The title speaks for the whole movie itself: a dead girl. However, contrary to my initial inference that this movie is about a dead girl murdered or raped then goes back to the world to haunt her killers, it actually is weirder and gorier than what I previously thought. The movie basically tells the story of a pair of tightly-knitted friends, Ricky and JT, who discovers a body of a dead girl in a secluded room of the underground tunnels of an abandoned hospital.
The sight of a corpse is already a horrifying notion for the regular viewer. However, what is truly mystifying is how this girl actually breathes even if she is in a plastic body bag, a familiar sight becoming unfamiliar to us. Seeing this, I personally did not know what to expect and several scenarios went gushing into my mind, questions like “Is there a freak who will turn JT and Ricky like the dead girl?”, “Will the dead girl actually eat them on the spot?”, and “how did the dead girl arrive there in the first place?”
As the movie progressed, more questions surfaced but few were really answered. First, JT confirms that the girl is actually relatively immortal after he tried to kill her three times. The audience, like me, should have been shocked at how JT shot the girl and how she did not die afterwards. However, as JT turned the dead girl into a sex machine, nothing really more becomes clear – except for the fact that there is this dead girl who cannot die, who certainly bites and smells like a dog, and who can actually transmit her “disease” to another person by simply biting.
Knowing these, the movie turns out not to be the usual horror similar to what conventional Asian or American horror films will offer us. This movie delves more into the realms of weird more than our traditional thought of “horror” – although some special and stage effects would lead us to think otherwise. While I turn out to dislike the movie more because of the multitude of questions it left unanswered (which can be a bane rather than a boon for this instance), I would like to focus on the characters themselves.
I do not personally see the dead girl as the monster. What is important to note is how JT and his companions are shown as the true horror monsters of the movie and the dead girl, more than anything else, is actually the victim of rape and desire. However, it is important to put ourselves into the shoes of both Ricky and JT before judging on who is the true monster and the hero.
While we can see how JT, and eventually Ricky, as “demons” in their own ways, most of us will be hypocrites to judge them. We probably do not see it, but once we have placed ourselves in their shoes, regardless if you are a girl or a boy, we most probably have thought of probably doing the same, even if the thought remains just in the realms of imagination. Imagine that the girl or boy of your dreams is in the same situation as the dead girl. While we may have no thoughts of eventually raping him/her, we may have thought of at least taking advantage of the situation, from probably just staring excessively to the extreme thought of JT’s actions, especially knowing that no one else knows and that no one else is looking.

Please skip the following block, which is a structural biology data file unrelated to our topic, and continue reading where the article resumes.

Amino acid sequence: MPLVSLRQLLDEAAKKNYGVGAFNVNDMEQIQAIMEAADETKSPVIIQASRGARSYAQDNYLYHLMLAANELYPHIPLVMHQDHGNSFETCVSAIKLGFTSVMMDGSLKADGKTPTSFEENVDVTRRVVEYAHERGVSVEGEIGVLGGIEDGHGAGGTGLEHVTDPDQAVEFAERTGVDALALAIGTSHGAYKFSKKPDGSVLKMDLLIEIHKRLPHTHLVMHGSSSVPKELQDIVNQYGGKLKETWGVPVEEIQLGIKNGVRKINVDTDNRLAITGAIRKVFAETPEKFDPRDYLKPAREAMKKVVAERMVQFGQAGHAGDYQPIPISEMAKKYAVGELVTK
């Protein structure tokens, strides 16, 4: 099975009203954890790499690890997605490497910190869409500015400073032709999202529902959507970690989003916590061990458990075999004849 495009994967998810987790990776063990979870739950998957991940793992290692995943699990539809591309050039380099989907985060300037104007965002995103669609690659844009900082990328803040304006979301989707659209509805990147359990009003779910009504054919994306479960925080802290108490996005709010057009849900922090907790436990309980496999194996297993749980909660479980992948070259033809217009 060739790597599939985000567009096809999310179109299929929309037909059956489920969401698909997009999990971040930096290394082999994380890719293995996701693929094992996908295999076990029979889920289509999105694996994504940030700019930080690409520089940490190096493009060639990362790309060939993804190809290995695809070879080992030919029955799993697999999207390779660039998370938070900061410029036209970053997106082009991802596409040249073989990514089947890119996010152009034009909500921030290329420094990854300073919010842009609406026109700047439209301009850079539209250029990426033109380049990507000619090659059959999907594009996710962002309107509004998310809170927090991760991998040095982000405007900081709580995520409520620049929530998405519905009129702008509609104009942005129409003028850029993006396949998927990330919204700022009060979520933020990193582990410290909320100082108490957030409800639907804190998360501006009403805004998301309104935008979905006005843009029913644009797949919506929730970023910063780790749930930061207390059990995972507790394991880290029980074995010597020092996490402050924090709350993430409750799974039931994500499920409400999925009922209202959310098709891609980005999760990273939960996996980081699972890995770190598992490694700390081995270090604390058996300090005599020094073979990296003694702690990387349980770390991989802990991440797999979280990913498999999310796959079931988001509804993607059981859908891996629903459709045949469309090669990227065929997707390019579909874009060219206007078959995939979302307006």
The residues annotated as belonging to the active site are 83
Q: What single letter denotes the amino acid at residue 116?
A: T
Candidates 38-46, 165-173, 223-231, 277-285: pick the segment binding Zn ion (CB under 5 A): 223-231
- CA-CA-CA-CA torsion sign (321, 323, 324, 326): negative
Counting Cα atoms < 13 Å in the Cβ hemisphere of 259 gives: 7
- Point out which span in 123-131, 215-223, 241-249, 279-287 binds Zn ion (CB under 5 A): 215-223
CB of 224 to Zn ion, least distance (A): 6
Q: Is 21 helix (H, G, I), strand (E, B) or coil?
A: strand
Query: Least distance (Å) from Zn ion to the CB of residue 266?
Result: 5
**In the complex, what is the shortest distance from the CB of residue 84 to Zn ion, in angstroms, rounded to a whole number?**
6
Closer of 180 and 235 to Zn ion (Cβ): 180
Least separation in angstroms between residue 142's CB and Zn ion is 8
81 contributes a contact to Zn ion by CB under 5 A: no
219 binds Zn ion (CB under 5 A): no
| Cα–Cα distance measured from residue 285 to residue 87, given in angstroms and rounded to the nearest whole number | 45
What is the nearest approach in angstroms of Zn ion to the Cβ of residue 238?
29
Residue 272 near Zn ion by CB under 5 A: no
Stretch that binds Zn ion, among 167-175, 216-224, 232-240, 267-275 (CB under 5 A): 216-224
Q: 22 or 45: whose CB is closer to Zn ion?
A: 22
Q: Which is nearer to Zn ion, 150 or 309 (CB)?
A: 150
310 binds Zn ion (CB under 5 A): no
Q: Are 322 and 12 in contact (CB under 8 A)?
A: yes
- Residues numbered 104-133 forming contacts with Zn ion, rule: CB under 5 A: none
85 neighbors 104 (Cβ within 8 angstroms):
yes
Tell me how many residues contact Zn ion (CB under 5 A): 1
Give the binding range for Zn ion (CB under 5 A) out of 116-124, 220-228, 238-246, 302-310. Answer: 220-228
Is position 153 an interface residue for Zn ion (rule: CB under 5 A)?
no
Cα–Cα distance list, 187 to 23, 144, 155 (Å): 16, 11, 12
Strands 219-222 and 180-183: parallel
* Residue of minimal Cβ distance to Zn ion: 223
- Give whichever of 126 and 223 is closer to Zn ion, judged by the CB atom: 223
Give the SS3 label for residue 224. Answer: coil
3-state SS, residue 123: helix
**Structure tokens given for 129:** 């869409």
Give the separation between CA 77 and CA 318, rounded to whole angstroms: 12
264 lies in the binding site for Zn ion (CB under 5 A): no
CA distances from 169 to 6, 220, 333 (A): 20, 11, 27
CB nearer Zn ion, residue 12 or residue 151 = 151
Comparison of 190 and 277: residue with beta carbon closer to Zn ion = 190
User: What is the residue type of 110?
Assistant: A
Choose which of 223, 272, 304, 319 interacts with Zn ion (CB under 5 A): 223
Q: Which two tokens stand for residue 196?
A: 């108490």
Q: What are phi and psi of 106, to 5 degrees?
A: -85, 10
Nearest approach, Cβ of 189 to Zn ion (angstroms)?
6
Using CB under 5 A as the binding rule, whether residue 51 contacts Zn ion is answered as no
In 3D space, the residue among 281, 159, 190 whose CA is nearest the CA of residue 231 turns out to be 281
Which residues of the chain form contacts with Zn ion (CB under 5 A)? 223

I am inclined to believe that, more than just objectification, this movie tackles the issues on morality, ethics, and desires. The ultimate question that one should ask from the movie is this: knowing that you can achieve your deepest and most pleasurable desires, will you do what you want to do or choose to do what is morally right even if no one else will know and even care? These were the dilemmas that JT and Ricky faced and we know how the two of them tried to traverse different paths.
However, the true horror, for me, is how some of us will probably choose the former, JT’s choice, to fit our own desires. From the movie, we are actually faced with the dilemma if man is naturally good or is he naturally a monster/animal inside, just like what we can see in the seemingly contrasting actions of JT and Ricky. In the end, while the movie shows that there is still hope in man in the initial actions of Ricky, it also offers us the idea that man, himself, is the monster that should be feared – for he can do things far worse than what the monsters we create are capable of doing.